Soon after moving a bit, you fall down through the ceiling and are confronted with your first enemy. Being without weapon, you have to melee him and take his crappy pistol. I was a little confused as far as button placement went, but melee ended up being mapped to B (just like Halo), so it wasn’t hard to set myself to one control scheme.

The only problem with melee being B is that the rest of the controls don’t follow Halo standards (or even Call of Duty or Battlefield, for that matter). When you pick up the pistol, you know RT is fire, but switching weapons is relegated to LB, with RB being grenade and LT being iron-sights (zoom). This is one of the places where I felt a bit disappointed in the demo. There is no option to bind your own controls, so you are left with a scheme that seems to be esoteric to Monolith games.

Even so, when you fire off a round with the pistol, the guns instantly feel familiar. F.E.A.R. 2 forgot about making their gunplay as impressive looking as it was handling, but Reborn doesn’t make the same mistake. Bullets impact with a splash of blood and the walls will crater when shot. Everything is definitely great looking in terms of technical value, so your guns feel heavy and realistic (just like in the first game). Sometimes your shots don’t seem to connect, though, so that does feel strange when you are missing your mark, but have a dead reticule on the enemy.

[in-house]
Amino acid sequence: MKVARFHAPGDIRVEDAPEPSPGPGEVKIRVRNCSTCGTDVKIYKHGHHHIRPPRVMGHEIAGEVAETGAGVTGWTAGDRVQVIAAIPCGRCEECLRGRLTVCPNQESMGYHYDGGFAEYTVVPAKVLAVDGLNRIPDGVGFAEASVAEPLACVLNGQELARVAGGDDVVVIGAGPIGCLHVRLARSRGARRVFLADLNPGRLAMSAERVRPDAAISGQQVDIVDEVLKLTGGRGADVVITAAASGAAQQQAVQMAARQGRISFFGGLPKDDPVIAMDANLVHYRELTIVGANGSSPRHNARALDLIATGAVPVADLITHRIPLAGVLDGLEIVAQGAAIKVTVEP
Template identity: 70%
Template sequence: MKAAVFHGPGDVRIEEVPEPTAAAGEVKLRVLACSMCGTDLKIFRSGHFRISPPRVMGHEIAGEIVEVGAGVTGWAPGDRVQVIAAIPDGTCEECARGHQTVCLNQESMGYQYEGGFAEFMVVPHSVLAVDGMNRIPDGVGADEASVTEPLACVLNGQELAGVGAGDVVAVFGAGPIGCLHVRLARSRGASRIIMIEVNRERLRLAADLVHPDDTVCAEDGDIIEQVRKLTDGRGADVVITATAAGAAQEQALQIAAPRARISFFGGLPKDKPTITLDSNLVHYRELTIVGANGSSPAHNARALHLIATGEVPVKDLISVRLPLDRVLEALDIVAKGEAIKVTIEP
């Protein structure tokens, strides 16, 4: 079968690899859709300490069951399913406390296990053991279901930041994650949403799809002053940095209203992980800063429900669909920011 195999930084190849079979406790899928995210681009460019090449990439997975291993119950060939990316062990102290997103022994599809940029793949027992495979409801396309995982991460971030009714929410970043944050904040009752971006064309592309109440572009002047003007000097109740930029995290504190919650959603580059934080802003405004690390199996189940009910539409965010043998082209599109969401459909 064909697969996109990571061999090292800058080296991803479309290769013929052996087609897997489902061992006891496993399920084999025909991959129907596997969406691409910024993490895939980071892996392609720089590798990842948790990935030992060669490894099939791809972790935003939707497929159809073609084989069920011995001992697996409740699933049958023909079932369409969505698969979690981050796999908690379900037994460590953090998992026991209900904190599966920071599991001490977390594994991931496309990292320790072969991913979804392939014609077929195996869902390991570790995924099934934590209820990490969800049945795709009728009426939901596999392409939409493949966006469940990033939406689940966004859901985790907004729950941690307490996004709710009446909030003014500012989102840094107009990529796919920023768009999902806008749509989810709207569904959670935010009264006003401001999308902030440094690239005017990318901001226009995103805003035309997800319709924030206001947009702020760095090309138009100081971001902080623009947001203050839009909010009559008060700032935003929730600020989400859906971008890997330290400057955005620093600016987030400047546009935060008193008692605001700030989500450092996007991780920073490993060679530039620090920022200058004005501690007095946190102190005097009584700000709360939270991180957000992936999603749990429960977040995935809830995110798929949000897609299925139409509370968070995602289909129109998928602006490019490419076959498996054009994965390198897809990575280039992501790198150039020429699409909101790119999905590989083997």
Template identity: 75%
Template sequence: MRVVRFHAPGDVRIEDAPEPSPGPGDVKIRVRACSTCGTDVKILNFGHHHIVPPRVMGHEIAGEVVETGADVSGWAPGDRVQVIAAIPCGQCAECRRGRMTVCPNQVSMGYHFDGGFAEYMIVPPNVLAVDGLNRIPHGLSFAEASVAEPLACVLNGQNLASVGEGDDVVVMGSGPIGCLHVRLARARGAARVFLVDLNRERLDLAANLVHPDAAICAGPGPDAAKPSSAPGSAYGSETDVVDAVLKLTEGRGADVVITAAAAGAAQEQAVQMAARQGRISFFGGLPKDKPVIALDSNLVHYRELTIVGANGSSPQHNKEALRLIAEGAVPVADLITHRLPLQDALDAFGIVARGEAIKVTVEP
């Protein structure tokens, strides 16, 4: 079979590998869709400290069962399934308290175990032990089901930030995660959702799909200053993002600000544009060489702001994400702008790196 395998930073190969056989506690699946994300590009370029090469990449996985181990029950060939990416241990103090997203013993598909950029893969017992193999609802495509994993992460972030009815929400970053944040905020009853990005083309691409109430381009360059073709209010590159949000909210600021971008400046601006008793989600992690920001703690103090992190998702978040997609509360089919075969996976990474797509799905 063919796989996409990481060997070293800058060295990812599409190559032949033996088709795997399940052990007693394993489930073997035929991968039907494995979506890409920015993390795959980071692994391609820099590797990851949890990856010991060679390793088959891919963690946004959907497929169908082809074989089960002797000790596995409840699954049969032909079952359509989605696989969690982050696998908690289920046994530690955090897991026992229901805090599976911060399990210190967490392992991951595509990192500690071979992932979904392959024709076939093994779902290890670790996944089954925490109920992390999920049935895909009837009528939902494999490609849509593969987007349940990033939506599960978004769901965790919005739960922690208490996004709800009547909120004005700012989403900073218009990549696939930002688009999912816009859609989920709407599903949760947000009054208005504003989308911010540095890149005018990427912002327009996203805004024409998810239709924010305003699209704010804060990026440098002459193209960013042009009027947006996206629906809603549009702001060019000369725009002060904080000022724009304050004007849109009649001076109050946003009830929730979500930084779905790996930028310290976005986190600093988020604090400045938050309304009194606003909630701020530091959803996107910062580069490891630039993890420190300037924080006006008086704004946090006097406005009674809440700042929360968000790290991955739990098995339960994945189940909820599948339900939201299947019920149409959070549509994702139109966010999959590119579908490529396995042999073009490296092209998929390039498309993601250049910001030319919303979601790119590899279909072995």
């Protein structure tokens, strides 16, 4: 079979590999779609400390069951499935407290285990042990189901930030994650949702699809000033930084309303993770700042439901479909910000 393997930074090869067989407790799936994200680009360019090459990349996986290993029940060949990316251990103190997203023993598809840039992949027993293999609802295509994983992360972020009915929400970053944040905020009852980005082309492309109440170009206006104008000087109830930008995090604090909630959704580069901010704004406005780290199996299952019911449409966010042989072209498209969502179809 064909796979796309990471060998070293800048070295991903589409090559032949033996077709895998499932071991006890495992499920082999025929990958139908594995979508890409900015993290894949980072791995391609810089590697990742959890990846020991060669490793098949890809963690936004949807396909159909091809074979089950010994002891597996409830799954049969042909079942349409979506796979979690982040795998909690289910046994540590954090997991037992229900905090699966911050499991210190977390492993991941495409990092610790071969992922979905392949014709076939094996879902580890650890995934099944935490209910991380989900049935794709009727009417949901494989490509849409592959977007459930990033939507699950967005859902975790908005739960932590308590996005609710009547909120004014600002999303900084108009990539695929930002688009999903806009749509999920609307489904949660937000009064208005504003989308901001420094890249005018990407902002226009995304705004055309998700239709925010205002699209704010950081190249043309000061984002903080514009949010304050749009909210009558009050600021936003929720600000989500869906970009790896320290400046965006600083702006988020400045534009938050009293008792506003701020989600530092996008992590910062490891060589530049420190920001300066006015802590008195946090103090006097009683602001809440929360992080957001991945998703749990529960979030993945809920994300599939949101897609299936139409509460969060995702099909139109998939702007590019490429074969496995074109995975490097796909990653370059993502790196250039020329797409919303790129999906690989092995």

When you kill your next soldier and round another corner, the game pops-up to remind you of F.E.A.R.’s patented slow-mo ability. This ability never seemed to bother me in the original (often getting me out of ridiculous jams), but it definitely makes the combat extremely easy in this demo. Even on hardest, popping on slow-mo for 10 seconds can allow you to clear a room of 5 people.

The recharge timer for this slow-mo has been changed from the first game (probably in the second, I just can’t remember). It seems to charge a bit faster, meaning you will always have it in a rough spot. It’s just too bad the A.I. still can’t match the quality of the first. It outpaces vanilla F.E.A.R. 2, though. While I was sitting in a corner and picking off guys, I started dying randomly and turned to see a soldier behind me. Me somehow worked his way out of the scuffle and began to take me out, which is definitely neat.

FEAR 2 Shot
A.I. Tactics like cover were missing in F.E.A.R. 2, but are back in Reborn.